Sugar futures plunged Tuesday, as Brazilian sugar mills continued to direct more of the cane toward sugar production, fueling fears over a larger-than-expected surplus.
Center-south mills in Brazil produced 3.1 million metric tons of sugar in the first half of July, up 9.1% year-on-year, while ethanol output fell 1.9% to 1.89 billion liters, industry group Unica said Tuesday.
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Raw sugar for October delivery fell 3.5% to settle at 13.90 cents a pound, on the ICE Futures U.S. exchange.
During the two-week period, mills still heavily favored sugar over ethanol by directing 50.4% of the cane to sugar production, up from 47.7% a year earlier, according to Unica. This was running much higher than what the market had expected. For instance, analysts at INTL FCStone estimated that 47% of the cane would be used for sugar crushing.
Even though the cumulative cane crush was down on the year, cumulative sugar production was 2% higher than the same period last year.
"That is a result of a higher proportion of the cane crushed directed to sugar production this season," said analysts at Platts Kingsman, a unit of S&P Global Platts.
Recently, several research firms have revised their estimates for next year's sugar market surplus, thanks to a larger crop in Brazil.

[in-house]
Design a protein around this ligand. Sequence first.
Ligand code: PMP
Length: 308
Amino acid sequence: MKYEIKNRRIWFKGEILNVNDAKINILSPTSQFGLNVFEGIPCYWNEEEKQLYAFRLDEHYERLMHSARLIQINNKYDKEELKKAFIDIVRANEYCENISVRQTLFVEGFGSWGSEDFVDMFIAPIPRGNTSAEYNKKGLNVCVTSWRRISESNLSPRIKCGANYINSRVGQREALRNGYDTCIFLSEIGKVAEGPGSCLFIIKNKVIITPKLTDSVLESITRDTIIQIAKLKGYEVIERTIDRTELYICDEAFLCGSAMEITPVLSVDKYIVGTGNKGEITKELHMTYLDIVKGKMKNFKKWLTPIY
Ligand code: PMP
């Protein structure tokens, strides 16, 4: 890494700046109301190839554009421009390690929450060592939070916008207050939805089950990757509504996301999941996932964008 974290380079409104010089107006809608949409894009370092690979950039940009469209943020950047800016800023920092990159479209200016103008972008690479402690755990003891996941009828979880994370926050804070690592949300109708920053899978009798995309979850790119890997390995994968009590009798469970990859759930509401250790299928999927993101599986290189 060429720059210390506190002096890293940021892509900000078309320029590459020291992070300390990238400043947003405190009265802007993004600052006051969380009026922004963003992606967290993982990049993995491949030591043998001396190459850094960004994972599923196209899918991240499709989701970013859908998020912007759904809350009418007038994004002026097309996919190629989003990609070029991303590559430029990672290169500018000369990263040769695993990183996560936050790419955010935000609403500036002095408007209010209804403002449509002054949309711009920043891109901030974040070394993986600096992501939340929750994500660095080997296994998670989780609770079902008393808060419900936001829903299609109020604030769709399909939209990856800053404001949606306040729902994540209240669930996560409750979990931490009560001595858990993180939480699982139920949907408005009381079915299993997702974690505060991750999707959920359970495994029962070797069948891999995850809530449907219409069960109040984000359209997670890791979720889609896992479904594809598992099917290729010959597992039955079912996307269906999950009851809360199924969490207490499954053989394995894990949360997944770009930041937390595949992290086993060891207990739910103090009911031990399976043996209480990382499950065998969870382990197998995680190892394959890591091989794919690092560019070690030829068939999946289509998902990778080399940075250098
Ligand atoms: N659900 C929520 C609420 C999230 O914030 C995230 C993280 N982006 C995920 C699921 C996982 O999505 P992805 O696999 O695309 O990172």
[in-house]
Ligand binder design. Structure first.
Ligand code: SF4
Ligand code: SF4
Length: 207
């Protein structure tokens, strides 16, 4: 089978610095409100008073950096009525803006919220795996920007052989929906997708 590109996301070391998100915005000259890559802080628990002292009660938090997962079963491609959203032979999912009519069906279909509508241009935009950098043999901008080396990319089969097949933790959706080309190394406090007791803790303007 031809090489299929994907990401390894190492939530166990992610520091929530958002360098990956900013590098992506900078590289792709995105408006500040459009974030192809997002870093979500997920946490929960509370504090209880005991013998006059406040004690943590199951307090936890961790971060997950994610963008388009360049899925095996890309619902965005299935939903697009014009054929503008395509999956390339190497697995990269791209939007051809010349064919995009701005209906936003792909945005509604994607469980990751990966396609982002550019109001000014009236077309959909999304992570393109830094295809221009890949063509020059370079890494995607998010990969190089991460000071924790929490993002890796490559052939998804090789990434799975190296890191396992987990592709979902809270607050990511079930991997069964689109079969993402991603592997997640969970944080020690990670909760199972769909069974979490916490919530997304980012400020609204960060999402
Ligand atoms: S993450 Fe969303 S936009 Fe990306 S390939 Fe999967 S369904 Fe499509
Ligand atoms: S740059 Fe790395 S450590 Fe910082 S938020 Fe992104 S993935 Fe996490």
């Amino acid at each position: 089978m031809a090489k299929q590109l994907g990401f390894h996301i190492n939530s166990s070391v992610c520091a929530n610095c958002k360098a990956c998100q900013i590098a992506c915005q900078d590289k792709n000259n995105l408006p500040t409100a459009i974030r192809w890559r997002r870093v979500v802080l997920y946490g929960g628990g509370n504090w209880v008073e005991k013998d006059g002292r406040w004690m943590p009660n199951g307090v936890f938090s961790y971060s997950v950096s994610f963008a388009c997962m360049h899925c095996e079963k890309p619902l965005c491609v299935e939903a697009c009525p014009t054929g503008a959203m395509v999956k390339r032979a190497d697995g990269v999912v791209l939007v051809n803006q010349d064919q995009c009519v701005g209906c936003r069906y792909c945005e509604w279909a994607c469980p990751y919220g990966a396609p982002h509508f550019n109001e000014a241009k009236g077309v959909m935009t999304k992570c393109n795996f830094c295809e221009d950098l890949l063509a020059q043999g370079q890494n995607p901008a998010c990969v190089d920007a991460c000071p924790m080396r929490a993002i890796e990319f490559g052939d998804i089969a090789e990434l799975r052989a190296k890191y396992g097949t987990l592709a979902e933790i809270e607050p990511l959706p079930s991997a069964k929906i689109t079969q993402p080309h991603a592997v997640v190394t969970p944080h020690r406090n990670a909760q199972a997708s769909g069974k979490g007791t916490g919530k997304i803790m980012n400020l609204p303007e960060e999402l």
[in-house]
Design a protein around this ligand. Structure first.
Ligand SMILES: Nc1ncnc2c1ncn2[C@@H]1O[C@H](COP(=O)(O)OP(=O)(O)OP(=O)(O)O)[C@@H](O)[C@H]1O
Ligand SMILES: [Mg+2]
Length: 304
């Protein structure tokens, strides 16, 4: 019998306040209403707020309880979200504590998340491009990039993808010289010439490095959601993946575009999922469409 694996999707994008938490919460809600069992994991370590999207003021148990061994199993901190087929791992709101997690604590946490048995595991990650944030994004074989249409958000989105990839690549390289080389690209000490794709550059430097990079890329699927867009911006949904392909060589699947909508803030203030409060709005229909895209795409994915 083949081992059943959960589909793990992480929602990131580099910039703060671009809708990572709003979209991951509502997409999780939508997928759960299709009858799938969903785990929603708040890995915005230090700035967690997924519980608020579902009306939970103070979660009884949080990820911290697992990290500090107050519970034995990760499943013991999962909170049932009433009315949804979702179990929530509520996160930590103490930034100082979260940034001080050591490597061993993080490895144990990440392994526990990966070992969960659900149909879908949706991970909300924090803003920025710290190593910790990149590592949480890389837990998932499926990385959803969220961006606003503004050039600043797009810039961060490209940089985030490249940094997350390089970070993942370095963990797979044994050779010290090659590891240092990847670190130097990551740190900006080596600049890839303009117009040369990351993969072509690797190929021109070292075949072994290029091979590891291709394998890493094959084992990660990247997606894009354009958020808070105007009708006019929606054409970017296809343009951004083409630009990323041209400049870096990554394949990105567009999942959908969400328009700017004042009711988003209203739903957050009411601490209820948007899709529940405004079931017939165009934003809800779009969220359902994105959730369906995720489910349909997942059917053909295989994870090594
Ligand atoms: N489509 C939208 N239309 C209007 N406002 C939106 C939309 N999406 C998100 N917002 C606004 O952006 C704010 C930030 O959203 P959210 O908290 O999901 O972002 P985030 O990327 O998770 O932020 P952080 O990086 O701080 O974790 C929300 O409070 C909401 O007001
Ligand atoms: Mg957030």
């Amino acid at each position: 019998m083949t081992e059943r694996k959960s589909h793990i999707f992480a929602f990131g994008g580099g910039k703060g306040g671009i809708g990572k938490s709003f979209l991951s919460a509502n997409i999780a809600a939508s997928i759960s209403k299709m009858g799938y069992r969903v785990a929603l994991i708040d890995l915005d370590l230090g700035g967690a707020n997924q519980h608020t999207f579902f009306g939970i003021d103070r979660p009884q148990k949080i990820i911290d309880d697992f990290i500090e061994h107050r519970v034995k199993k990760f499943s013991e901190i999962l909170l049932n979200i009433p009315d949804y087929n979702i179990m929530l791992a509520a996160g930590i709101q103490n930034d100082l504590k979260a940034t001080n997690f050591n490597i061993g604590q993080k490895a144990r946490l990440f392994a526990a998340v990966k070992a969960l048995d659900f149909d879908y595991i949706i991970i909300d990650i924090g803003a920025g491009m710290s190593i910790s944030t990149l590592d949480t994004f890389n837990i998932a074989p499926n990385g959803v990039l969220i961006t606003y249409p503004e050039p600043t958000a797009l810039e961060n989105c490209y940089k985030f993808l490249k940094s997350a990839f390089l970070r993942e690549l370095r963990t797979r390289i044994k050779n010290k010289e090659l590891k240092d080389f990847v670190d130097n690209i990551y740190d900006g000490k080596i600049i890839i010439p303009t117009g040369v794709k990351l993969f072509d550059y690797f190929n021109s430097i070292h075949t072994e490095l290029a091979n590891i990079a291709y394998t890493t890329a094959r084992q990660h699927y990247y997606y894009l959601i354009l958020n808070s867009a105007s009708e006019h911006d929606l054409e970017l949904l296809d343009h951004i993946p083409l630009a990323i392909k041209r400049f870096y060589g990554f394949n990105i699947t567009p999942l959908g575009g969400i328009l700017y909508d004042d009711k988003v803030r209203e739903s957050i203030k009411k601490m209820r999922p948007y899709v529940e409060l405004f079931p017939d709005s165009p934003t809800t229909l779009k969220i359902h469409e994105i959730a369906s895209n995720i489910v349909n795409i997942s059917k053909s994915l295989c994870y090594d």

Analysts are closely watching Brazil, as a new tax policy might change the sugar industry's dynamic.
Last week, the Brazilian government announced plans to raise taxes on gasoline and diesel fuel, in an effort to patch a budget shortfall in the country. The move was interpreted as positive for raw sugar prices, as it would drive up demand for ethanol, analysts said. Higher ethanol consumption will also lift the Brazilian sugar-ethanol parity floor, which may help support sugar prices, they said.
In other markets, cocoa for September was down 2.1%, to close at $1,926 a ton; arabica coffee for September fell 1.5%, to $1.3060 a pound; frozen concentrated orange juice for September was down 1.4%, to $1.3265 a pound; and December cotton added 0.8%, to settle at 68.83 cents a pound.
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(END) Dow Jones Newswires
July 25, 2017 15:47 ET (19:47 GMT)